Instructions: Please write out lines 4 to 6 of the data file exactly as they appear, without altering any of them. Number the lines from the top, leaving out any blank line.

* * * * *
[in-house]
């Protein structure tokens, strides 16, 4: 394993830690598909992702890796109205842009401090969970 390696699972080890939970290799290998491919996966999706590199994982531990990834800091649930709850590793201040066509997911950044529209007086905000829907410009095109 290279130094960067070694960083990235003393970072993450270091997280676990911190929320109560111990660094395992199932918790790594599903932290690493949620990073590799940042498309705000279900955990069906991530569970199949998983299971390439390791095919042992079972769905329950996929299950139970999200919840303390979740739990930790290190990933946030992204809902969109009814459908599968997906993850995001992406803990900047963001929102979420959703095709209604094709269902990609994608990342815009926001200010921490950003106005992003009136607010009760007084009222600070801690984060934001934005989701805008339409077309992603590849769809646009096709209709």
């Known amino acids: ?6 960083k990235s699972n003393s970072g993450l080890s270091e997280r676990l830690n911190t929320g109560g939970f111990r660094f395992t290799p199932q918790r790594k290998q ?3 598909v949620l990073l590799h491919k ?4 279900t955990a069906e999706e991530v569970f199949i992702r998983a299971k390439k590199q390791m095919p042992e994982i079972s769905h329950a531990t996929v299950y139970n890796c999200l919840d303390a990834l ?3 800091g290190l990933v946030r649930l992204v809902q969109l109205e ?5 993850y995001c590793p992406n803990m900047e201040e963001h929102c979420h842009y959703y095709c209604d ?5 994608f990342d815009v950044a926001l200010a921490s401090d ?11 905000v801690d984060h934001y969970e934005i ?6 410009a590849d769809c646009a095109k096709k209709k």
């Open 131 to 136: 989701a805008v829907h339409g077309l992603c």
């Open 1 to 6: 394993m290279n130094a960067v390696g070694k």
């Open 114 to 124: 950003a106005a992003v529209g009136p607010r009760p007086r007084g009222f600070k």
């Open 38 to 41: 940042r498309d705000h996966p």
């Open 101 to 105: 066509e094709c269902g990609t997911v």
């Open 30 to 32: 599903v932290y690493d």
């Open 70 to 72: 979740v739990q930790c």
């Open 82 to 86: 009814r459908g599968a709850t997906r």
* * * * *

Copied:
């Open 131 to 136: 989701a805008v829907h339409g077309l992603c």
């Open 1 to 6: 394993m290279n130094a960067v390696g070694k």
């Open 114 to 124: 950003a106005a992003v529209g009136p607010r009760p007086r007084g009222f600070k």